Its All About the Bag CreditFeb 23
I live in Boulder Colorado—a place where we have almost as many Whole Foods as we do liquor stores (actually Whole Foods owns a liquor store here). Forget your reusable bags and someone you know sees you and it is almost like you have a scarlet letter on your jacket.
But across the street there is a Target. There is even one of those cool crosswalks with the blinking sign to cross from the Whole Foods to the Target. The reusable bag is a rare sight across the street. Being greener is important to me, so I bring my own bags to Target. At the checkout counter, there was a moment of confusion as the process was interrupted with my reusable….And, to my delight, there is a 10 cent bag credit for bringing my own bag. It’s like a coupon, but you don’t have to clip it.They don’t advertise it, the baggers don’t ask. But there it was.
So, I started doing the math. Apparently, the average person uses around 326 plastic grocery bags per year. At 10 cents per bag, 326 bags per year…my husband and I both shop. If we always get bag credits, that’s $65.20 back. That’s enough for a nice dinner for two in Boulder if we don’t go crazy on the cocktails.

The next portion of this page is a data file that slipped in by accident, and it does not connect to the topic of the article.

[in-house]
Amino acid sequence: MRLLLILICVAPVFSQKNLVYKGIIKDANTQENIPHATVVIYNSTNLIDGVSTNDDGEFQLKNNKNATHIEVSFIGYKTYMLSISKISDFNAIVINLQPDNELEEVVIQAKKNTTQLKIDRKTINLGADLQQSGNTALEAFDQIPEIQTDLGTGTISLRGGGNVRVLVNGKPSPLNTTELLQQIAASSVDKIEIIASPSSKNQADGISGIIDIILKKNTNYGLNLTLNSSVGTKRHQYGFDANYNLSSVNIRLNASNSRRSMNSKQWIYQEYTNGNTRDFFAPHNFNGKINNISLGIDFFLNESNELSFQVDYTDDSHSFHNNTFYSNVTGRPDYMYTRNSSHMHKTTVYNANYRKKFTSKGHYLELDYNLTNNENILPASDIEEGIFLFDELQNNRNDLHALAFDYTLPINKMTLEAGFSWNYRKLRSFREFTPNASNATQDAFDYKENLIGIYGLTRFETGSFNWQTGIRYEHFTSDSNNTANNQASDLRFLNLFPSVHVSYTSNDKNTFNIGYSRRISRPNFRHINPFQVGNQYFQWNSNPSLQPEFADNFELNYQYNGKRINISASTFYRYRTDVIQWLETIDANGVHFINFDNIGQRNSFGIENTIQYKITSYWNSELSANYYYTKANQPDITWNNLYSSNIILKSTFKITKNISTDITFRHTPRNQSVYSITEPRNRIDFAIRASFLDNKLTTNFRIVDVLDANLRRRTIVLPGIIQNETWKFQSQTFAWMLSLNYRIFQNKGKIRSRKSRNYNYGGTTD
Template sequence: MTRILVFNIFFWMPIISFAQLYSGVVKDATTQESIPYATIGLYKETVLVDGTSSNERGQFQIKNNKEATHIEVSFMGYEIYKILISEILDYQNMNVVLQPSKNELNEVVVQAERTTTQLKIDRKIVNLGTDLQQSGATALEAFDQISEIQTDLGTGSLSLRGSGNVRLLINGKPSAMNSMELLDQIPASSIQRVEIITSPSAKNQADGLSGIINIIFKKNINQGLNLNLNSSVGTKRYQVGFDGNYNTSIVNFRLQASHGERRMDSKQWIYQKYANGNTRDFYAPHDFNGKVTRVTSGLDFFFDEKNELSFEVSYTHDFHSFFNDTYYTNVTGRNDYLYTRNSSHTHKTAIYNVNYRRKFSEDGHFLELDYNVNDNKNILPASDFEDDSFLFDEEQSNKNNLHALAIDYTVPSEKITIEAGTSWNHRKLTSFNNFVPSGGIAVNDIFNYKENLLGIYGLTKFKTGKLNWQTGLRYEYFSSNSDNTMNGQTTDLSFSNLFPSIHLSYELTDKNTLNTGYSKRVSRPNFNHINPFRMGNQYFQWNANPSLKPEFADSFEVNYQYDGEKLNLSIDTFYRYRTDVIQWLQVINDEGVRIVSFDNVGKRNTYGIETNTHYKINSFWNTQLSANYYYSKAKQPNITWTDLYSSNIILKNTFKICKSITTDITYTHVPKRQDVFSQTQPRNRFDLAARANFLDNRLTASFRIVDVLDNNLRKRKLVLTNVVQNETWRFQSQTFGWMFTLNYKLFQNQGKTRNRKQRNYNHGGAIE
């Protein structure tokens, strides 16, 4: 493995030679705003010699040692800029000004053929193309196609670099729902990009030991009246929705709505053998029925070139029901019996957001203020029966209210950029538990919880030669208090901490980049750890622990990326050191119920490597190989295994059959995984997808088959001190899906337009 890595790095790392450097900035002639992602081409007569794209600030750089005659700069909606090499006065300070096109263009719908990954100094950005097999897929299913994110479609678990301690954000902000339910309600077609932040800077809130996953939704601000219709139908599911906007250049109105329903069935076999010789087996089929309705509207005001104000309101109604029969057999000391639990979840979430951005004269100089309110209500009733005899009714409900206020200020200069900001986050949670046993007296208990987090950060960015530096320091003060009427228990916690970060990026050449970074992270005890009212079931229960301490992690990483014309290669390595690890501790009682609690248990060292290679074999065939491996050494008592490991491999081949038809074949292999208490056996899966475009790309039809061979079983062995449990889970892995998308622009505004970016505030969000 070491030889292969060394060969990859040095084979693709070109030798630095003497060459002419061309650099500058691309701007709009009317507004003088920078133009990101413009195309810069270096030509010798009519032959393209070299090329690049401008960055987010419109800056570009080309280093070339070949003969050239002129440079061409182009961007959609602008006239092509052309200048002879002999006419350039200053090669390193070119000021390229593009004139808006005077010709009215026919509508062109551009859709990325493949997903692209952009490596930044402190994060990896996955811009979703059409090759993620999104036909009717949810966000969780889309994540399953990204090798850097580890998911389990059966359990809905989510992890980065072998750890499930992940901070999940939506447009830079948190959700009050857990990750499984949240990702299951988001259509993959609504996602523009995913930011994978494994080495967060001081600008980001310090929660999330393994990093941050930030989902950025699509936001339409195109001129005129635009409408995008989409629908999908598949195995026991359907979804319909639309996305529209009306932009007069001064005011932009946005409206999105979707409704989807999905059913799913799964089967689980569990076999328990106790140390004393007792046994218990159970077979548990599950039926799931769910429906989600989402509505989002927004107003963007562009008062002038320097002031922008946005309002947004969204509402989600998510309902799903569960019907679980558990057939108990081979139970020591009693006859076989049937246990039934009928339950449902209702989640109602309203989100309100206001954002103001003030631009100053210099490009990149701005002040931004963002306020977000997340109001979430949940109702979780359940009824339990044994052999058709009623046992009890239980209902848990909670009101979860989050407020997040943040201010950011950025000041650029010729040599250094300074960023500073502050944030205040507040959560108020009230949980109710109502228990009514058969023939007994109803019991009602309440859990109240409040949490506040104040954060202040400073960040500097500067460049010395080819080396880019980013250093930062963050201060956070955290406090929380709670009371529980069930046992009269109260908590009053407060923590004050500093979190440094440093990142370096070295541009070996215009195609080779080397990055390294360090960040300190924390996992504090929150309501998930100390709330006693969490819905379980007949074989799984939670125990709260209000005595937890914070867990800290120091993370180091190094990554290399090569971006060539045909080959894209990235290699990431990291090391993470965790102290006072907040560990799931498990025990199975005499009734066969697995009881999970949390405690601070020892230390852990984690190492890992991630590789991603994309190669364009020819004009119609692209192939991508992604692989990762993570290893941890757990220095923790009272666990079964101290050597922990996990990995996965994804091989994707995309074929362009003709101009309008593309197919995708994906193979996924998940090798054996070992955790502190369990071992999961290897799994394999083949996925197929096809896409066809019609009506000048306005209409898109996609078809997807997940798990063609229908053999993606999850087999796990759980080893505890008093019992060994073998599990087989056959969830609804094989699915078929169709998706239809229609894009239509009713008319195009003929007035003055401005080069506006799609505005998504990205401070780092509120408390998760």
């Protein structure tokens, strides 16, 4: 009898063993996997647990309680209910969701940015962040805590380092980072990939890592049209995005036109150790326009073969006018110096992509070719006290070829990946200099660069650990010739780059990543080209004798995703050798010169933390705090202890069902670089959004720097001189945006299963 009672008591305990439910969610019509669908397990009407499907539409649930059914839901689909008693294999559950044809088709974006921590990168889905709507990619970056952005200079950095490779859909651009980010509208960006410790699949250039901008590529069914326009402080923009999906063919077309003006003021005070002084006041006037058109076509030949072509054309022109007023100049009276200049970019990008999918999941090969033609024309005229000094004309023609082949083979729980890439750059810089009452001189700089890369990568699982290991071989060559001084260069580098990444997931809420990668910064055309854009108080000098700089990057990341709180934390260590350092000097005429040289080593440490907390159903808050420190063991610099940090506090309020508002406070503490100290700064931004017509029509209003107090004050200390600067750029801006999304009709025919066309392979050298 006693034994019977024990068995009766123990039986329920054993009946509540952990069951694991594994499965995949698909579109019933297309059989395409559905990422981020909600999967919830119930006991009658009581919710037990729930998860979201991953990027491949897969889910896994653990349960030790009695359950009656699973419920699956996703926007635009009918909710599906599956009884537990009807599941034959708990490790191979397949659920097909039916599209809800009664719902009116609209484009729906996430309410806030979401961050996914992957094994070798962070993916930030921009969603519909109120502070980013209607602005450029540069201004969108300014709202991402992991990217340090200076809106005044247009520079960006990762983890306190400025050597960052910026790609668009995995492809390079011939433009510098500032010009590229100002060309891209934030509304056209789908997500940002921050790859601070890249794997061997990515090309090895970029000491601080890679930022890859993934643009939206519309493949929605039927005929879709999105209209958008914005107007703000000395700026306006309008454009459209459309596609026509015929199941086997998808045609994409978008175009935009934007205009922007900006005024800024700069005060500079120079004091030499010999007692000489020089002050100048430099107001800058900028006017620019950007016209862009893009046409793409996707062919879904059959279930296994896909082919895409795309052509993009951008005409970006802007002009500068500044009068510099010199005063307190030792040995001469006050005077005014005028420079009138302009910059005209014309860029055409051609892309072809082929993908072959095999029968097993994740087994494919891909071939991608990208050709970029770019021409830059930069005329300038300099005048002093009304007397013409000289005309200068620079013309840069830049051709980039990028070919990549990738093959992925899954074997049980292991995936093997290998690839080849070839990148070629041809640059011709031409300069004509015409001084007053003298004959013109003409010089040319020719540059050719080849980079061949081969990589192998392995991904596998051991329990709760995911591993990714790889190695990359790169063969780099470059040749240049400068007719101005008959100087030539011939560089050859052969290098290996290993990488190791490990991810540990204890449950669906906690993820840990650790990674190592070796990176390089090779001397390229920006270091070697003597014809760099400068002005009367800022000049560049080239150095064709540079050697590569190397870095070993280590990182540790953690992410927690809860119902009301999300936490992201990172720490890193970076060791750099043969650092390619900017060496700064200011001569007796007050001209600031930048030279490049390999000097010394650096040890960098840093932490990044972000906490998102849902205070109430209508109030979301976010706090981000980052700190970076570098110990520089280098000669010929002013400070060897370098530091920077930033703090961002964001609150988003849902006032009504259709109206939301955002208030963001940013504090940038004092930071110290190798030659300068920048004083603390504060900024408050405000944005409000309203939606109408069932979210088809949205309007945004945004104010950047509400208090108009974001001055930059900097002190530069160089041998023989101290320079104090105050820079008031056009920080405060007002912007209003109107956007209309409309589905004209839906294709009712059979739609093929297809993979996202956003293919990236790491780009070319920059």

I haven’t waxed poetically about all the natural gas we would be saving. I haven’t referenced how there are over 46,000 pieces of plastic floating in every square mile of the ocean. But when you save a bag, you are part of the solution. I just talked about how green(er) is thrify (my client came up with that one).
We have a use and toss culture. That culture depends on the behavior of each and everyone of us. Walgreens, starting in August 2010, implemented a policy where the cashier asked customers if they needed a bag when they had 3 or less items. In 6 months they saved 45 million bags.
Not everyone is born to have greener values, but most of us care about saving money. Our behavior changes stem from our values. Next time you go shopping, save money, bring your own bag.